Sunday, June 10, 2012

Review of the play Hoaxocaust :: Calling it a satire doesn't spin epiphanies from flaxen strands of bombast.

Attended a one-man-show called "Hoaxocaust" last night. I'm glad I went; the production, hopefully a work-in-progress, has given me cause to limber up my floppy brain cells. Although probably not in the way that the playwright intended.
The whole affair was a fiesta of cognitive dissonance. Let's start with two statements made by the production team in a Q&A after the performance:
1)  The play was written in part to highlight that only a paltry few know enough facts to successfully argue the holocaust happened.
2) The play's holocaust content is tailored for a "graduate-level" audience— who presumably know enough facts to successfully argue the holocaust happened
Thus, we can conclude:
The target audience of this play is those paltry few.
So there is a rather obvious problem with the producer's stated goal:
"We are hoping to show this play to a broad audience."
But here's the more important oxymoron: If I were already a "graduate-level" student of the holocaust, then the play is singularly unprovocative. In the climactic final scene when the actor booms to the crowd, "What will you say when you meet a [holocaust denier]?" 
No points for the playwright:  If I were "graduate-level" on the holocaust, I would likely be able to articulate a powerful graduate-level something to say.
Yet I can see why the playwright was fast to mention the need for "graduate-level" knowledge. Without that level of understanding, the play leaves the audience knowing just enough to be dangerous. It presents 45 minutes of reasons why the holocaust did not occur and then assumes the audience will commit two logical fallacies in order to believe that it did:
Logical Fallacy (1)
In the Q&A, the playwright reiterated parts of the play dramatizing a ridiculous Satan story and a ridiculous theory about estranged Brooklynites perpetuated by holocaust deniers. He said by spotlighting these wacky denier claims, obviously the audience would realize the ludicrous nature of all the deniers' arguments.
But in order to do this, the playwright assumes the audience will fall prey to association fallacy. Just because I know one thing is false doesn't mean I can simply assume other things are also false without proof. Just because one guy starts talking about the Jews pact with Satan is no reason that I should disbelieve another guy writing that forensic evidence demonstrates Anne Frank's diary is fake because her alleged pen was only invented in 1953.
Logical Fallacy (2)
Showing that a set of holocaust deniers is crazy does not prove that the holocaust was genocide nor that it even happened. Just because one thing is false does not make another true. Life is not a multiple choice quiz. This bifurcation fallacy is the same one creationists use when they say the missing link proves creationism. Just because there's a missing link does not prove creationism any more than it proves we were dropped on earth in an egg like Mork from Ork.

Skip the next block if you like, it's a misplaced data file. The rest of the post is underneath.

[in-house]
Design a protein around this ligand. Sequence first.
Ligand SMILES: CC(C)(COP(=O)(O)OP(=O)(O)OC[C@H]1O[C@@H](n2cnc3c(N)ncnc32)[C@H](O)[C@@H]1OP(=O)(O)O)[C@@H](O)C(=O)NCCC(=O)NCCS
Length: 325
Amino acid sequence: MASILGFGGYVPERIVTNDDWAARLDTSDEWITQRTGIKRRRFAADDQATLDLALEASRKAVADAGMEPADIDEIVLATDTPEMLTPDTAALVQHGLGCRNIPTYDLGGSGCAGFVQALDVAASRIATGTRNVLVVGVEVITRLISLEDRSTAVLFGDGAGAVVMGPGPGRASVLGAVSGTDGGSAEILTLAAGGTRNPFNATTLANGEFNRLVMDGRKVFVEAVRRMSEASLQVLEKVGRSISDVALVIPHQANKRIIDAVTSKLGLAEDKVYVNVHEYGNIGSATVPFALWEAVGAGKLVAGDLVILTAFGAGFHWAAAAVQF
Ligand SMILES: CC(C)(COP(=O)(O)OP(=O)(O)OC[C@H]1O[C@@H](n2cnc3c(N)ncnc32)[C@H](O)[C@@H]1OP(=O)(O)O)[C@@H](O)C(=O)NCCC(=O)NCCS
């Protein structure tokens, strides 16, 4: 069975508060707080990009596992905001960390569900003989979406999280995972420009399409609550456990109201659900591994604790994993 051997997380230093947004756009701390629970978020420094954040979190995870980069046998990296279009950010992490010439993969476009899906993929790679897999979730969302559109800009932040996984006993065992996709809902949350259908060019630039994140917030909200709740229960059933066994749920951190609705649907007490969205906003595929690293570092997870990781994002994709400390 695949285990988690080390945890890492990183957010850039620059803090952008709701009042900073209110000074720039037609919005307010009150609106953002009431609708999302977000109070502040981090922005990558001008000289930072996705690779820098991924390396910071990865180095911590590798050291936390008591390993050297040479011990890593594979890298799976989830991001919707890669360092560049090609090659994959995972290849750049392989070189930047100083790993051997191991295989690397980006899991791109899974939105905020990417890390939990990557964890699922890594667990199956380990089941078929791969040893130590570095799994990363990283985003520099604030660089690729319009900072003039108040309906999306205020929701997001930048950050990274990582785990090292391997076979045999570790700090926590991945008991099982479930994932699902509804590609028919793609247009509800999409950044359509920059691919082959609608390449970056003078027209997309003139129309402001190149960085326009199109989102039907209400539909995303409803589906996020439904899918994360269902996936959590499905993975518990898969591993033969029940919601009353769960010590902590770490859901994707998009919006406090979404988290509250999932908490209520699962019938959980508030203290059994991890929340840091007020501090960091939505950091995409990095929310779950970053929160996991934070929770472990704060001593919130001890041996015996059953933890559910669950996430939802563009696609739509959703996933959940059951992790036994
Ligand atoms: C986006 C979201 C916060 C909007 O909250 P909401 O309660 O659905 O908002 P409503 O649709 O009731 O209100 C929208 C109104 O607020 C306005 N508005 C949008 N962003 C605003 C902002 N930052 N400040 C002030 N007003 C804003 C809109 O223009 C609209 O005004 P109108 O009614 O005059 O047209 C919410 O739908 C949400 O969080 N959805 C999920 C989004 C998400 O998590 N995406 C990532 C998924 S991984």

The play's attempt to expose the fatal flaws in the deniers’ arguments by championing equally flawed arguments does not appear to me to constitute a plan for success.
It is my belief that the play's rational shortcomings undermine the intent of the performance, which is unarguably compelling. The discomfort of the audience, overtly addressed in the monologue, may not be the kind of discomfort that comes from having our beliefs shaken by agents of change. It could be the discomfort that comes from fear. The fear that an inexpert execution of this subject matter will do more harm than good.
My strong recommendation would be:
1)  to select one dominant theme and fully explore it.
2) to accurately define and speak to the majority of the audience, which I would presume to be far from "graduate-level"
3) to retool the play’s logical foundation
4) if the q&A remains an essential element of the production, it should not look like an optional, somewhat half-assed bolt-on


In an unrelated aside, I started to disassociate with the play when the character's Ohio born-and-bred jewish mother had an accent more new york jewmongous than my Bronx ghetto-bred Bubby. It was even more disconcerting when I had to ask Niki why the actor pronounced mischpocha all weird. Maybe that's how they roll in Ohio, but as far as I’m concerned, if you are going to ascribe your secular Jewish mother a thick NYC accent, you’d think she'd have taught you the most common secular NYC Yiddish words. You only learn Hebrew in temple. Where we don’t go.
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